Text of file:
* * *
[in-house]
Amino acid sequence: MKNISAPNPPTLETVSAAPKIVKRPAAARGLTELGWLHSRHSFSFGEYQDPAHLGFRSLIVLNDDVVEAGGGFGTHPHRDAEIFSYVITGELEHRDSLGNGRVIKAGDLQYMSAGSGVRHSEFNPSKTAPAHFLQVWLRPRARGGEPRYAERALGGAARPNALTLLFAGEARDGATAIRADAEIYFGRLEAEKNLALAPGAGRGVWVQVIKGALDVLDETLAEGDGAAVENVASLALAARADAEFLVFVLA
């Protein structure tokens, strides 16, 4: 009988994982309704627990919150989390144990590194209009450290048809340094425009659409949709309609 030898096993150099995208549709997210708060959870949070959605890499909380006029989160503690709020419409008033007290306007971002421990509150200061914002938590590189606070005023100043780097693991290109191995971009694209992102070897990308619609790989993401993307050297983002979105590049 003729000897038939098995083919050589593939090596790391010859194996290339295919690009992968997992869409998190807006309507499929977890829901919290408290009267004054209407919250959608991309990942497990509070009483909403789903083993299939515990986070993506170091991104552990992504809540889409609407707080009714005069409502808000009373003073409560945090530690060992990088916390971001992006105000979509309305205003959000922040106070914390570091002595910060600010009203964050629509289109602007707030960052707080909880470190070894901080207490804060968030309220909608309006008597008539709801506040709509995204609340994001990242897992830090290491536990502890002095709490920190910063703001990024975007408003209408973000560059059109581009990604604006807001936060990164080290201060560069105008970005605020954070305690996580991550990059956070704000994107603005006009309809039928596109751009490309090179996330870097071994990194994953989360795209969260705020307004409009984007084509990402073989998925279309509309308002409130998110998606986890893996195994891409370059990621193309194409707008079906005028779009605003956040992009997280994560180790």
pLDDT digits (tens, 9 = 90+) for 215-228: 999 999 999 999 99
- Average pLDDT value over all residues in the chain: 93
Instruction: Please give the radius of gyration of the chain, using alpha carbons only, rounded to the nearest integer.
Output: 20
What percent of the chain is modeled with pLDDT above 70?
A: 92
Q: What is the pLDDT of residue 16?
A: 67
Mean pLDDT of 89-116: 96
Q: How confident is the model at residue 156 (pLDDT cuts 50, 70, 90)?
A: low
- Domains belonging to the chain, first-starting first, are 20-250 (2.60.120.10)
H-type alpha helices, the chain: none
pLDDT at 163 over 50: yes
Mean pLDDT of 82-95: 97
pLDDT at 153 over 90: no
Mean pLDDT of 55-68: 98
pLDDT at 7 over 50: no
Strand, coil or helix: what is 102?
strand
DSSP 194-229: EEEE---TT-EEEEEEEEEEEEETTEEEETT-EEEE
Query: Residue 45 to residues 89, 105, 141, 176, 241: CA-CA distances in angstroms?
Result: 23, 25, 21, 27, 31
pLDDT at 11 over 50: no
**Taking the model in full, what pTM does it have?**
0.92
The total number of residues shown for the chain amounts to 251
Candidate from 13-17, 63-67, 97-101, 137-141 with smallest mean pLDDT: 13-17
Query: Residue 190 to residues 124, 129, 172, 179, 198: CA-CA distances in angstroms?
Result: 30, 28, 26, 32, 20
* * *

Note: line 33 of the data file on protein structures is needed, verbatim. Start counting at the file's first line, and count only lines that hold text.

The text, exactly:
Result: 30, 28, 26, 32, 20